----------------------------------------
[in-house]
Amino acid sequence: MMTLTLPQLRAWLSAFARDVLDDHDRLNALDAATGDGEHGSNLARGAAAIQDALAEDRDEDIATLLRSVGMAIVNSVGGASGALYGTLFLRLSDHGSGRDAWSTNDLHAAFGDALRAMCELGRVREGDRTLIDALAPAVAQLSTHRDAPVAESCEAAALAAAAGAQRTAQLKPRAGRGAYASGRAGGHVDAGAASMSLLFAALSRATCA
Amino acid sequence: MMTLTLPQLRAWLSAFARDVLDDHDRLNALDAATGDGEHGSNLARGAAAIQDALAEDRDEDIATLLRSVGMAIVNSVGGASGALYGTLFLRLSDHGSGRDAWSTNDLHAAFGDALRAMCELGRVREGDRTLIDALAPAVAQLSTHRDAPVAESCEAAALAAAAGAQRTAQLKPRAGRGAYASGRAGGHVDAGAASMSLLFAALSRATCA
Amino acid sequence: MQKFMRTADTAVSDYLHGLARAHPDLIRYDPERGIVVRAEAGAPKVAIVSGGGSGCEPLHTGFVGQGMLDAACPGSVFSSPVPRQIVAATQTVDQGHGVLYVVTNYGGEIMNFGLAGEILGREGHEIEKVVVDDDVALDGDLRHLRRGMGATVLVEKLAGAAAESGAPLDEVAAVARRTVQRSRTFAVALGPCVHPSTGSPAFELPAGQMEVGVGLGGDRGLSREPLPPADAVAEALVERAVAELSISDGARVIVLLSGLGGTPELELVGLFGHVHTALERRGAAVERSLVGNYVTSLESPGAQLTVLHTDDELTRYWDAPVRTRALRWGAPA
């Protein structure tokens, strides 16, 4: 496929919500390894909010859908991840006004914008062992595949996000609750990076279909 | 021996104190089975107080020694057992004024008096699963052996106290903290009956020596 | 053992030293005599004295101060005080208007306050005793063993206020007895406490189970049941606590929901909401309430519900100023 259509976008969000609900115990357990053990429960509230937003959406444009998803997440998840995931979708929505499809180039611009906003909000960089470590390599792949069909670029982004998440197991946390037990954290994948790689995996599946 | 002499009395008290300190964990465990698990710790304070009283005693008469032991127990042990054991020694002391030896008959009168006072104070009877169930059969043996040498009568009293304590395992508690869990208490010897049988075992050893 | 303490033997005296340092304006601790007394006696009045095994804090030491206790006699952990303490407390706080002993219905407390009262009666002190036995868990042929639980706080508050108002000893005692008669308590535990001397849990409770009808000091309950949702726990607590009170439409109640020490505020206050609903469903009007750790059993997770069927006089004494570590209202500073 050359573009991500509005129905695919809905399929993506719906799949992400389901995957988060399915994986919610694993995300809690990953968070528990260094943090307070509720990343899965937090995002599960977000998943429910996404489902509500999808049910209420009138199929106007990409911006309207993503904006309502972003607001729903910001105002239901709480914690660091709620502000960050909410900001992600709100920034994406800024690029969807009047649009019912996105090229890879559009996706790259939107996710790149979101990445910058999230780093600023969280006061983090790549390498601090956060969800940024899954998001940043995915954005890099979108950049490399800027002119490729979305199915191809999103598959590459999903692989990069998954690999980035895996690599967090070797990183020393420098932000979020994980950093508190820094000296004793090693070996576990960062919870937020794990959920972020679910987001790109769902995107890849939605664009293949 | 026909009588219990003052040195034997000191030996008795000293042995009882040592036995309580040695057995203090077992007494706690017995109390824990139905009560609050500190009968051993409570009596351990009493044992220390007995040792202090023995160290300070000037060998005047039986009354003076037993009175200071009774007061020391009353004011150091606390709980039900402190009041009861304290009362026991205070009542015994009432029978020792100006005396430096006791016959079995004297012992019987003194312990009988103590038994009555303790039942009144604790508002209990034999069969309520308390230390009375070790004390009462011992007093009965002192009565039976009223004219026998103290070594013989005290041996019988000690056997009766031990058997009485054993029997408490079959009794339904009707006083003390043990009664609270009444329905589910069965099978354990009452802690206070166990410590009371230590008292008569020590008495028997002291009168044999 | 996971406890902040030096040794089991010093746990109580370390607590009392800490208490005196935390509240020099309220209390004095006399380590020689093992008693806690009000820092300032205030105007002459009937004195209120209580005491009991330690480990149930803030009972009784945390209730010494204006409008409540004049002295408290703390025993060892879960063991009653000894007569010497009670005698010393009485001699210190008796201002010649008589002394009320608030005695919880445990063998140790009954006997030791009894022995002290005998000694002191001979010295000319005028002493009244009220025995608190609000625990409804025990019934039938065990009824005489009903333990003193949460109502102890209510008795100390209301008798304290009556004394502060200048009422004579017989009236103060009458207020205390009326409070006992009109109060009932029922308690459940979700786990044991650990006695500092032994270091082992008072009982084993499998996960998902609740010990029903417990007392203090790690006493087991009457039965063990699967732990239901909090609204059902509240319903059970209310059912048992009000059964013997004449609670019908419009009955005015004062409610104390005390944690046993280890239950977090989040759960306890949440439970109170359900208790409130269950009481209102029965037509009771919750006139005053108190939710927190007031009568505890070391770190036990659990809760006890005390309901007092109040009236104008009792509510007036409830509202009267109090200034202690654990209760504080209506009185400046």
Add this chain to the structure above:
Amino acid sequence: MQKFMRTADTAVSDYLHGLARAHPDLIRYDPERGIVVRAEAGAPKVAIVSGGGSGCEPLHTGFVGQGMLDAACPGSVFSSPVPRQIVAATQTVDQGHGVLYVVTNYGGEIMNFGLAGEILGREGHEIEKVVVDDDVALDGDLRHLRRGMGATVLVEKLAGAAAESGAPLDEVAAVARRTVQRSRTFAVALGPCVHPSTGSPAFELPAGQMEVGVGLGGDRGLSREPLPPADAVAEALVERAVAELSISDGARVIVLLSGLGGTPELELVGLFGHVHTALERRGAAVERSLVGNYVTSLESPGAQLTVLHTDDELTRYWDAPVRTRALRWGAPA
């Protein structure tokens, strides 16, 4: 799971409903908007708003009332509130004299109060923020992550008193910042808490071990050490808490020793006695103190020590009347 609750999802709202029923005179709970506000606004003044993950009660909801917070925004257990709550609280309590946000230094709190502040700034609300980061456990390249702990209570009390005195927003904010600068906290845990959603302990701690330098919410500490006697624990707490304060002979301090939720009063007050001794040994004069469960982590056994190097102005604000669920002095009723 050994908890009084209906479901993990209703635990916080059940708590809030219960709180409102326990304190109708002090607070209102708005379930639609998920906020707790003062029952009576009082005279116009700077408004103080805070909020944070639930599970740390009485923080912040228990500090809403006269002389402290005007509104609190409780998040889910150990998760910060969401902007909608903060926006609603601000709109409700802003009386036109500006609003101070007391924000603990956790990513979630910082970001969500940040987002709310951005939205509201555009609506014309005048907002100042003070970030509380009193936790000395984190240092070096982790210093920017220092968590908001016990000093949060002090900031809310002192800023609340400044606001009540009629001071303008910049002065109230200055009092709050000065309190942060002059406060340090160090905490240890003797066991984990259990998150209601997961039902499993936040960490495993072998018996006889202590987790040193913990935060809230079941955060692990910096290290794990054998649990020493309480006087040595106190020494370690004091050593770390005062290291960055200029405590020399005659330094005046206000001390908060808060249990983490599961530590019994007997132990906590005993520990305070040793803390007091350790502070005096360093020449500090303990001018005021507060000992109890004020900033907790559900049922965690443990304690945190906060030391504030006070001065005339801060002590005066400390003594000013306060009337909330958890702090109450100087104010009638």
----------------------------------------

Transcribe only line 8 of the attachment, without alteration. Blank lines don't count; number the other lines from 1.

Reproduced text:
């Protein structure tokens, strides 16, 4: 799971409903908007708003009332509130004299109060923020992550008193910042808490071990050490808490020793006695103190020590009347 609750999802709202029923005179709970506000606004003044993950009660909801917070925004257990709550609280309590946000230094709190502040700034609300980061456990390249702990209570009390005195927003904010600068906290845990959603302990701690330098919410500490006697624990707490304060002979301090939720009063007050001794040994004069469960982590056994190097102005604000669920002095009723 050994908890009084209906479901993990209703635990916080059940708590809030219960709180409102326990304190109708002090607070209102708005379930639609998920906020707790003062029952009576009082005279116009700077408004103080805070909020944070639930599970740390009485923080912040228990500090809403006269002389402290005007509104609190409780998040889910150990998760910060969401902007909608903060926006609603601000709109409700802003009386036109500006609003101070007391924000603990956790990513979630910082970001969500940040987002709310951005939205509201555009609506014309005048907002100042003070970030509380009193936790000395984190240092070096982790210093920017220092968590908001016990000093949060002090900031809310002192800023609340400044606001009540009629001071303008910049002065109230200055009092709050000065309190942060002059406060340090160090905490240890003797066991984990259990998150209601997961039902499993936040960490495993072998018996006889202590987790040193913990935060809230079941955060692990910096290290794990054998649990020493309480006087040595106190020494370690004091050593770390005062290291960055200029405590020399005659330094005046206000001390908060808060249990983490599961530590019994007997132990906590005993520990305070040793803390007091350790502070005096360093020449500090303990001018005021507060000992109890004020900033907790559900049922965690443990304690945190906060030391504030006070001065005339801060002590005066400390003594000013306060009337909330958890702090109450100087104010009638």